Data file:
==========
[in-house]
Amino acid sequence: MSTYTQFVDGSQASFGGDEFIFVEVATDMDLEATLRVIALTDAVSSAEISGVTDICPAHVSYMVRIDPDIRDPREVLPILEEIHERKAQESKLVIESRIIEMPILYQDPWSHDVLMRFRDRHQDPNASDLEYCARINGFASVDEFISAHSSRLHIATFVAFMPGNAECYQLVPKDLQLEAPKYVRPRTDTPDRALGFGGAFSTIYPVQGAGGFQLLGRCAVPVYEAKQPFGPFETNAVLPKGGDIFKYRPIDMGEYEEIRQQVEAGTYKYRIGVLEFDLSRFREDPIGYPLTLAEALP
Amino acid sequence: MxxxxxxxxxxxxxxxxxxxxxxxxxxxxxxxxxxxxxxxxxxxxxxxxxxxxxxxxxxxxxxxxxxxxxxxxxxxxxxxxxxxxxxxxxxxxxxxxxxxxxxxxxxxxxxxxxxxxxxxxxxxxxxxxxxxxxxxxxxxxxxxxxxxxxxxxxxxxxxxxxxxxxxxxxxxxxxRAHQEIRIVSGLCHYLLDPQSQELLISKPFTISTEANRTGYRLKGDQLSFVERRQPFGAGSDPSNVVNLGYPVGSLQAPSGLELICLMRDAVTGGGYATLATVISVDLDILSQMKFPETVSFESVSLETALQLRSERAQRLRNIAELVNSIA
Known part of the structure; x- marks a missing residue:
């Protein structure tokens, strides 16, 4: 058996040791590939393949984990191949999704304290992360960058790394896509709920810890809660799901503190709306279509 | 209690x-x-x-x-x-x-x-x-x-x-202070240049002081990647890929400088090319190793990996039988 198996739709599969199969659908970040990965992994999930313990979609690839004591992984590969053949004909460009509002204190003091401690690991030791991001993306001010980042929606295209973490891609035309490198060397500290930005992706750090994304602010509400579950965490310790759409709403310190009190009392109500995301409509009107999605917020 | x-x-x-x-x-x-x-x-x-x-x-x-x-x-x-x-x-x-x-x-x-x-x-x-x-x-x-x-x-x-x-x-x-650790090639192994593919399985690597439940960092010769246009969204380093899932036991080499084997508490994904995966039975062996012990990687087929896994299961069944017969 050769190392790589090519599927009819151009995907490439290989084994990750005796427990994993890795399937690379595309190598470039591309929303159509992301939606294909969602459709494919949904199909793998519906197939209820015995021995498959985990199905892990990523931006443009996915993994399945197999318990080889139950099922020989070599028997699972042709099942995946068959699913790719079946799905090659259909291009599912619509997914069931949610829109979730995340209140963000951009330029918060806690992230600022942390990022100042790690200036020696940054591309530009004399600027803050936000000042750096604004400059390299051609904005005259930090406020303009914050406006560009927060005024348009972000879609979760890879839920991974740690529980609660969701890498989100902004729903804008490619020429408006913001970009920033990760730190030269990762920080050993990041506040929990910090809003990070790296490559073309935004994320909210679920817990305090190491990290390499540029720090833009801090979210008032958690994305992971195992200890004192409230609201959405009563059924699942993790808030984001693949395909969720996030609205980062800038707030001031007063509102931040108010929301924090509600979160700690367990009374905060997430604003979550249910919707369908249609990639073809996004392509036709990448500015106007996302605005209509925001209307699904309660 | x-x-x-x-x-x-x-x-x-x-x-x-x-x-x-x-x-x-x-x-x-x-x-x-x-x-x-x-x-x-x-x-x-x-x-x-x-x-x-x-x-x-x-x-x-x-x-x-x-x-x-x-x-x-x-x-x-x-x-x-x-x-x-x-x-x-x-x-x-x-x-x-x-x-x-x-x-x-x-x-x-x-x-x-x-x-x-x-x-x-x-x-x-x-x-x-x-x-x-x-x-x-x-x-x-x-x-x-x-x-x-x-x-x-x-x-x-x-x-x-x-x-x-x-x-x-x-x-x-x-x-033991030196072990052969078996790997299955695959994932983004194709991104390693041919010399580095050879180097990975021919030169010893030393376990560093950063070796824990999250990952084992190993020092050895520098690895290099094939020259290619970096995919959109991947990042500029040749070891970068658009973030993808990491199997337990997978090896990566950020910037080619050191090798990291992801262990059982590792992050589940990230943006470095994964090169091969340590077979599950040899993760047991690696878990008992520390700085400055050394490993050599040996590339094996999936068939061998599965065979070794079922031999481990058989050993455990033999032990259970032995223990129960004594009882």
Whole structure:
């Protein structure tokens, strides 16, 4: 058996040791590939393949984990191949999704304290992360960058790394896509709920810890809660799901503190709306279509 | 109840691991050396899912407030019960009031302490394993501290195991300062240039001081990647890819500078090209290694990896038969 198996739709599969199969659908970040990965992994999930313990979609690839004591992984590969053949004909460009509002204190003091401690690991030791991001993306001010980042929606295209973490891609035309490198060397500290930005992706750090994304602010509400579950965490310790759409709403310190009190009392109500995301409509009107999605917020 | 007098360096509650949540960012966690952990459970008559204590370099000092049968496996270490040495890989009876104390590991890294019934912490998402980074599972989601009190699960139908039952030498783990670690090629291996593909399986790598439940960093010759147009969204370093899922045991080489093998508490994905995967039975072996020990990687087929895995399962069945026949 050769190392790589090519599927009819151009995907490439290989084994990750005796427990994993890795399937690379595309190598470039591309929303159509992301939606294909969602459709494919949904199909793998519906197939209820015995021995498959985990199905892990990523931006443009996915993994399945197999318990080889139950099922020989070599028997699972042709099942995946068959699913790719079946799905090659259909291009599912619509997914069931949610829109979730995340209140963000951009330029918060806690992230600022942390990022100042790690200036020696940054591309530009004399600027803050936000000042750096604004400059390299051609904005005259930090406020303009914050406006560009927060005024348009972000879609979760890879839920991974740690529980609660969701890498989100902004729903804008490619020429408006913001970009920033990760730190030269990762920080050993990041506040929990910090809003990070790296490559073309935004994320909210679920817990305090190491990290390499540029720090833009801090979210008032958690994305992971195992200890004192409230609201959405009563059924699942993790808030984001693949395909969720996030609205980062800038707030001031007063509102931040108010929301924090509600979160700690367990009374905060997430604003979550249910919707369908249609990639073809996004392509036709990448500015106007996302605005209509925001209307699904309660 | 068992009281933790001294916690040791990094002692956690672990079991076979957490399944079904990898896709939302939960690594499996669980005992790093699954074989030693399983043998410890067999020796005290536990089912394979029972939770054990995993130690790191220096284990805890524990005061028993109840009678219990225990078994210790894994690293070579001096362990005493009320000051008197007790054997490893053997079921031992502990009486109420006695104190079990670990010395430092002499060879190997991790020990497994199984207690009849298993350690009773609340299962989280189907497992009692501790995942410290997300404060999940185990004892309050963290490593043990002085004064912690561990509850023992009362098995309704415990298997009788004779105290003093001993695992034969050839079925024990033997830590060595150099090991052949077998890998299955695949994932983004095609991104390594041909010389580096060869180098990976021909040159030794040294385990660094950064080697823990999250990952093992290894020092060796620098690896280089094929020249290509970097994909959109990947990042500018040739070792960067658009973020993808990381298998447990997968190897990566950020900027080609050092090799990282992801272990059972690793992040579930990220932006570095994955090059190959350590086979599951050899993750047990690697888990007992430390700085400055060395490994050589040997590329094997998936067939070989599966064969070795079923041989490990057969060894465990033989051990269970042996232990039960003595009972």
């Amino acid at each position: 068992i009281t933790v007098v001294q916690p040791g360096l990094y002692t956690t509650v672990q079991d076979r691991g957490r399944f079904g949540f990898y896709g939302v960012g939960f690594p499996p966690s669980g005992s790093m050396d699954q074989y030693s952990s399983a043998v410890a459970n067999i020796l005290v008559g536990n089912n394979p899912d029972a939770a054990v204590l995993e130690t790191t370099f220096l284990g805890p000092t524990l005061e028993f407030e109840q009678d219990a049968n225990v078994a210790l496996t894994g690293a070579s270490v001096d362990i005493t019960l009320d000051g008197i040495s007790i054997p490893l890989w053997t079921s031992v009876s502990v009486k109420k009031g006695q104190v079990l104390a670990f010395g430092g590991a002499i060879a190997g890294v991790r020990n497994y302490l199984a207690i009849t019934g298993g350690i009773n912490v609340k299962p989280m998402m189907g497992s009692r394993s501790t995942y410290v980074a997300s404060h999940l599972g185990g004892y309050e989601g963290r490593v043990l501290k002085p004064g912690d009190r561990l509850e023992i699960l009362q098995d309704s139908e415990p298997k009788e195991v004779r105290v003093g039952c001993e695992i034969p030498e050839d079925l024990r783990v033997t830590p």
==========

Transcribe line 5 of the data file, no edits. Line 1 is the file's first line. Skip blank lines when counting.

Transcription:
């Protein structure tokens, strides 16, 4: 058996040791590939393949984990191949999704304290992360960058790394896509709920810890809660799901503190709306279509 | 209690x-x-x-x-x-x-x-x-x-x-202070240049002081990647890929400088090319190793990996039988 198996739709599969199969659908970040990965992994999930313990979609690839004591992984590969053949004909460009509002204190003091401690690991030791991001993306001010980042929606295209973490891609035309490198060397500290930005992706750090994304602010509400579950965490310790759409709403310190009190009392109500995301409509009107999605917020 | x-x-x-x-x-x-x-x-x-x-x-x-x-x-x-x-x-x-x-x-x-x-x-x-x-x-x-x-x-x-x-x-x-650790090639192994593919399985690597439940960092010769246009969204380093899932036991080499084997508490994904995966039975062996012990990687087929896994299961069944017969 050769190392790589090519599927009819151009995907490439290989084994990750005796427990994993890795399937690379595309190598470039591309929303159509992301939606294909969602459709494919949904199909793998519906197939209820015995021995498959985990199905892990990523931006443009996915993994399945197999318990080889139950099922020989070599028997699972042709099942995946068959699913790719079946799905090659259909291009599912619509997914069931949610829109979730995340209140963000951009330029918060806690992230600022942390990022100042790690200036020696940054591309530009004399600027803050936000000042750096604004400059390299051609904005005259930090406020303009914050406006560009927060005024348009972000879609979760890879839920991974740690529980609660969701890498989100902004729903804008490619020429408006913001970009920033990760730190030269990762920080050993990041506040929990910090809003990070790296490559073309935004994320909210679920817990305090190491990290390499540029720090833009801090979210008032958690994305992971195992200890004192409230609201959405009563059924699942993790808030984001693949395909969720996030609205980062800038707030001031007063509102931040108010929301924090509600979160700690367990009374905060997430604003979550249910919707369908249609990639073809996004392509036709990448500015106007996302605005209509925001209307699904309660 | x-x-x-x-x-x-x-x-x-x-x-x-x-x-x-x-x-x-x-x-x-x-x-x-x-x-x-x-x-x-x-x-x-x-x-x-x-x-x-x-x-x-x-x-x-x-x-x-x-x-x-x-x-x-x-x-x-x-x-x-x-x-x-x-x-x-x-x-x-x-x-x-x-x-x-x-x-x-x-x-x-x-x-x-x-x-x-x-x-x-x-x-x-x-x-x-x-x-x-x-x-x-x-x-x-x-x-x-x-x-x-x-x-x-x-x-x-x-x-x-x-x-x-x-x-x-x-x-x-x-x-033991030196072990052969078996790997299955695959994932983004194709991104390693041919010399580095050879180097990975021919030169010893030393376990560093950063070796824990999250990952084992190993020092050895520098690895290099094939020259290619970096995919959109991947990042500029040749070891970068658009973030993808990491199997337990997978090896990566950020910037080619050191090798990291992801262990059982590792992050589940990230943006470095994964090169091969340590077979599950040899993760047991690696878990008992520390700085400055050394490993050599040996590339094996999936068939061998599965065979070794079922031999481990058989050993455990033999032990259970032995223990129960004594009882």